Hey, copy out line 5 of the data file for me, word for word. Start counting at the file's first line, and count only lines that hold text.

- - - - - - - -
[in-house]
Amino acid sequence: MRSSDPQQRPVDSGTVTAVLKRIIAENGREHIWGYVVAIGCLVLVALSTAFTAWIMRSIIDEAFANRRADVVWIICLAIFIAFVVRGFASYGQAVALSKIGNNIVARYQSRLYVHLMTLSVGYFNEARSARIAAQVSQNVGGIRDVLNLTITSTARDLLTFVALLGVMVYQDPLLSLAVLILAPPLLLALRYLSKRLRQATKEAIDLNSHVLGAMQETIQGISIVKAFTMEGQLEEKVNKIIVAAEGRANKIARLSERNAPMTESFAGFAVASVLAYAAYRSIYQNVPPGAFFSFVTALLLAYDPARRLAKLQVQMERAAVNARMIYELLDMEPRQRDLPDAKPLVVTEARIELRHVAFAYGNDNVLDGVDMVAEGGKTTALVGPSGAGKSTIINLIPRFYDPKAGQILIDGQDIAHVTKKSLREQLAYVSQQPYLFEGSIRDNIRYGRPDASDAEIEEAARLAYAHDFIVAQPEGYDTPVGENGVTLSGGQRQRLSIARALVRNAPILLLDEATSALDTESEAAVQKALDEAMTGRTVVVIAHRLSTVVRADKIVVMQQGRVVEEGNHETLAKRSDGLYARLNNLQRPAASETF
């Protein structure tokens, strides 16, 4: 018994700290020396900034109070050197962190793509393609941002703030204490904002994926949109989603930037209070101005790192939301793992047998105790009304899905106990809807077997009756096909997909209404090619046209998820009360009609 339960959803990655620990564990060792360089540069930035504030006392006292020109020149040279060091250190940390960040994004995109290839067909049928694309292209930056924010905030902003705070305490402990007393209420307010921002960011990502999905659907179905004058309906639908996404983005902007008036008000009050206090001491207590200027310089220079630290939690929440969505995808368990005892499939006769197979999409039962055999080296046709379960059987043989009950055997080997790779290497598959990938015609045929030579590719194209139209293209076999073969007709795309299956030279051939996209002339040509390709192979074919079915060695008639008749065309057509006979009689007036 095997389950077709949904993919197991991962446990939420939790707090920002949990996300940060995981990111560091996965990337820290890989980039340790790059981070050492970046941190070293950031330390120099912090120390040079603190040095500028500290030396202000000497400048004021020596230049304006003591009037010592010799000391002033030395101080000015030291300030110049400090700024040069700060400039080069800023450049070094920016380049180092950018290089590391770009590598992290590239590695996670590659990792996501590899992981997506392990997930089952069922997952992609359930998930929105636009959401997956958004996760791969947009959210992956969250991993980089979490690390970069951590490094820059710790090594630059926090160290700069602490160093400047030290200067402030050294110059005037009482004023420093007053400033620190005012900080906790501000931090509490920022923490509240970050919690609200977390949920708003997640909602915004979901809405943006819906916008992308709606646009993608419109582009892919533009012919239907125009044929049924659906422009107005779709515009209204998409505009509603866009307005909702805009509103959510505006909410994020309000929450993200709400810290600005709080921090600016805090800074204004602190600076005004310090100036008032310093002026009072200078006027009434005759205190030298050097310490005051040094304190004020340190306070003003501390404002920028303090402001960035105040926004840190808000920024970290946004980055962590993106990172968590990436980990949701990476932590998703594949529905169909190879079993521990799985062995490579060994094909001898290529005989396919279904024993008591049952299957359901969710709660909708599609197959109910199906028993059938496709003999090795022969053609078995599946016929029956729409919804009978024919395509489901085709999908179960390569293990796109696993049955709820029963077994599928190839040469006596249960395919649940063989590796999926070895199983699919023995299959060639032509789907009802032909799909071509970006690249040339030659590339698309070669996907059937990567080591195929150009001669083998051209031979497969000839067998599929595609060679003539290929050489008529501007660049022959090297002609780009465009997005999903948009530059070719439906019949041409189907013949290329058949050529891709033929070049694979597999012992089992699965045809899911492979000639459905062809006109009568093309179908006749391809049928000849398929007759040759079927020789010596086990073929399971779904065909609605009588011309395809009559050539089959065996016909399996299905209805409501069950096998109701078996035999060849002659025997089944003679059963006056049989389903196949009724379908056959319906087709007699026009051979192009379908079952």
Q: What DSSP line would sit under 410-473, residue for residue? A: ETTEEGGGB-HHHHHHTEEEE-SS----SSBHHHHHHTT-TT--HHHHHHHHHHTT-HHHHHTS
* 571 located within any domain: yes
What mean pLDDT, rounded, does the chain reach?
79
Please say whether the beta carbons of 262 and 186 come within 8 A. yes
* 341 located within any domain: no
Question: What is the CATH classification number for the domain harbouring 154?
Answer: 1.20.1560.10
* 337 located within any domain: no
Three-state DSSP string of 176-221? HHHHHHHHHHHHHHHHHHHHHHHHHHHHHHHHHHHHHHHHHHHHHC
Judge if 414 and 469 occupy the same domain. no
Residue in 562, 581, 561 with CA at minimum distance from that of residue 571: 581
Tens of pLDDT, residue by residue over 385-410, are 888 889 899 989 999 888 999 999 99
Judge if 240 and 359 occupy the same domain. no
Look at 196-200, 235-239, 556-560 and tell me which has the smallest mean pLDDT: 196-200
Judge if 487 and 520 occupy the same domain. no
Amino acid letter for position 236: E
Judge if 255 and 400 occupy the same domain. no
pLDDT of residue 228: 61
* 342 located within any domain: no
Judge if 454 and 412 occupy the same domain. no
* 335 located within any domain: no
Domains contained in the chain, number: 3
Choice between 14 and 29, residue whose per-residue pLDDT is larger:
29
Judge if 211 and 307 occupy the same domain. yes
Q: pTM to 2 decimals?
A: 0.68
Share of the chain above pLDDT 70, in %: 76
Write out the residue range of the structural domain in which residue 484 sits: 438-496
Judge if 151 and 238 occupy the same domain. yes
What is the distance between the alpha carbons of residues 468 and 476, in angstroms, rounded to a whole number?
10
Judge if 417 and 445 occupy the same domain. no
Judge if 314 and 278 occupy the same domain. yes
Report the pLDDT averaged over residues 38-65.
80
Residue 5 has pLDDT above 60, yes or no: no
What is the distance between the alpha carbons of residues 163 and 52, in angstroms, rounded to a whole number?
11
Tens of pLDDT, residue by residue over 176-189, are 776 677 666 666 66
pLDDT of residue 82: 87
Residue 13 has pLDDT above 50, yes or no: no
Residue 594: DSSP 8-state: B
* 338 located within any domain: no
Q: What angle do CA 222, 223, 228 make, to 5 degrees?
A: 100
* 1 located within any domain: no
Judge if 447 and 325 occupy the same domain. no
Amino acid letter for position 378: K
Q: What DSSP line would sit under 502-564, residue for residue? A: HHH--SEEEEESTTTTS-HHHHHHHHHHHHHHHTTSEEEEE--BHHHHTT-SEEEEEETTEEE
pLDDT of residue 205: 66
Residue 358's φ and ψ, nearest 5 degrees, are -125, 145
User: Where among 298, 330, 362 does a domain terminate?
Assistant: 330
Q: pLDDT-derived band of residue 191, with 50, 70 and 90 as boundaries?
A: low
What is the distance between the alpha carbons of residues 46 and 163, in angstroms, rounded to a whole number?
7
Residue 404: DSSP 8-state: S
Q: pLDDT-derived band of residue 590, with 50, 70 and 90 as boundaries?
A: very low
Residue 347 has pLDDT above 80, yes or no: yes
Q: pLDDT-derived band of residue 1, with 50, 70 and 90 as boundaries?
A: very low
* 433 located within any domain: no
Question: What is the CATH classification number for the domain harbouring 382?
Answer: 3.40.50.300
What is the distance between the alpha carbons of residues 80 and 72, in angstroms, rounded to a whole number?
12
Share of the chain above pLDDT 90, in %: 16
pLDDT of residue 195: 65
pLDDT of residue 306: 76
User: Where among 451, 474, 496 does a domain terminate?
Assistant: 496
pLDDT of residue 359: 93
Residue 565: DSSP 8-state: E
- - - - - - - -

* 571 located within any domain: yes